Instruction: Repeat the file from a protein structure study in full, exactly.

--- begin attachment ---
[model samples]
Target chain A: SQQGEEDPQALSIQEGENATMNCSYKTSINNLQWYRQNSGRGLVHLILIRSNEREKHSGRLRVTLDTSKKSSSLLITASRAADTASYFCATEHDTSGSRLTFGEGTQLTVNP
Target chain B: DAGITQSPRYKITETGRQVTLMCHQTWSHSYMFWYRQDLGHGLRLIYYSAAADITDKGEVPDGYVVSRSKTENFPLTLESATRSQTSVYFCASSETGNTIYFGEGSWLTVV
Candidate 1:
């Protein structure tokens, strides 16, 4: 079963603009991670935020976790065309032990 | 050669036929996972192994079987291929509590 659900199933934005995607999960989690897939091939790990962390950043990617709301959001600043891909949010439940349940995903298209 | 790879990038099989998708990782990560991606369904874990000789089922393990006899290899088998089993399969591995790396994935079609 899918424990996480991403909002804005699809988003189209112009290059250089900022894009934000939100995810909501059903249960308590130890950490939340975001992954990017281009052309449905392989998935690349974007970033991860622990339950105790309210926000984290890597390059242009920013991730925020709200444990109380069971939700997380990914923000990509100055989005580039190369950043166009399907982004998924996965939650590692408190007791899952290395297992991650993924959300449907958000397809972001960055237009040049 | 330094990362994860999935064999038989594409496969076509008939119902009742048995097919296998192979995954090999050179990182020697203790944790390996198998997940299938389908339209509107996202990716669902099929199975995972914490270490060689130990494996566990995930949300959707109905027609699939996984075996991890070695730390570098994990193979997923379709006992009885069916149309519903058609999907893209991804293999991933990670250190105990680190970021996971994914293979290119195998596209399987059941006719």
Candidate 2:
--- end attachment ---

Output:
[model samples]
Target chain A: SQQGEEDPQALSIQEGENATMNCSYKTSINNLQWYRQNSGRGLVHLILIRSNEREKHSGRLRVTLDTSKKSSSLLITASRAADTASYFCATEHDTSGSRLTFGEGTQLTVNP
Target chain B: DAGITQSPRYKITETGRQVTLMCHQTWSHSYMFWYRQDLGHGLRLIYYSAAADITDKGEVPDGYVVSRSKTENFPLTLESATRSQTSVYFCASSETGNTIYFGEGSWLTVV
Candidate 1:
């Protein structure tokens, strides 16, 4: 079963603009991670935020976790065309032990 | 050669036929996972192994079987291929509590 659900199933934005995607999960989690897939091939790990962390950043990617709301959001600043891909949010439940349940995903298209 | 790879990038099989998708990782990560991606369904874990000789089922393990006899290899088998089993399969591995790396994935079609 899918424990996480991403909002804005699809988003189209112009290059250089900022894009934000939100995810909501059903249960308590130890950490939340975001992954990017281009052309449905392989998935690349974007970033991860622990339950105790309210926000984290890597390059242009920013991730925020709200444990109380069971939700997380990914923000990509100055989005580039190369950043166009399907982004998924996965939650590692408190007791899952290395297992991650993924959300449907958000397809972001960055237009040049 | 330094990362994860999935064999038989594409496969076509008939119902009742048995097919296998192979995954090999050179990182020697203790944790390996198998997940299938389908339209509107996202990716669902099929199975995972914490270490060689130990494996566990995930949300959707109905027609699939996984075996991890070695730390570098994990193979997923379709006992009885069916149309519903058609999907893209991804293999991933990670250190105990680190970021996971994914293979290119195998596209399987059941006719």
Candidate 2: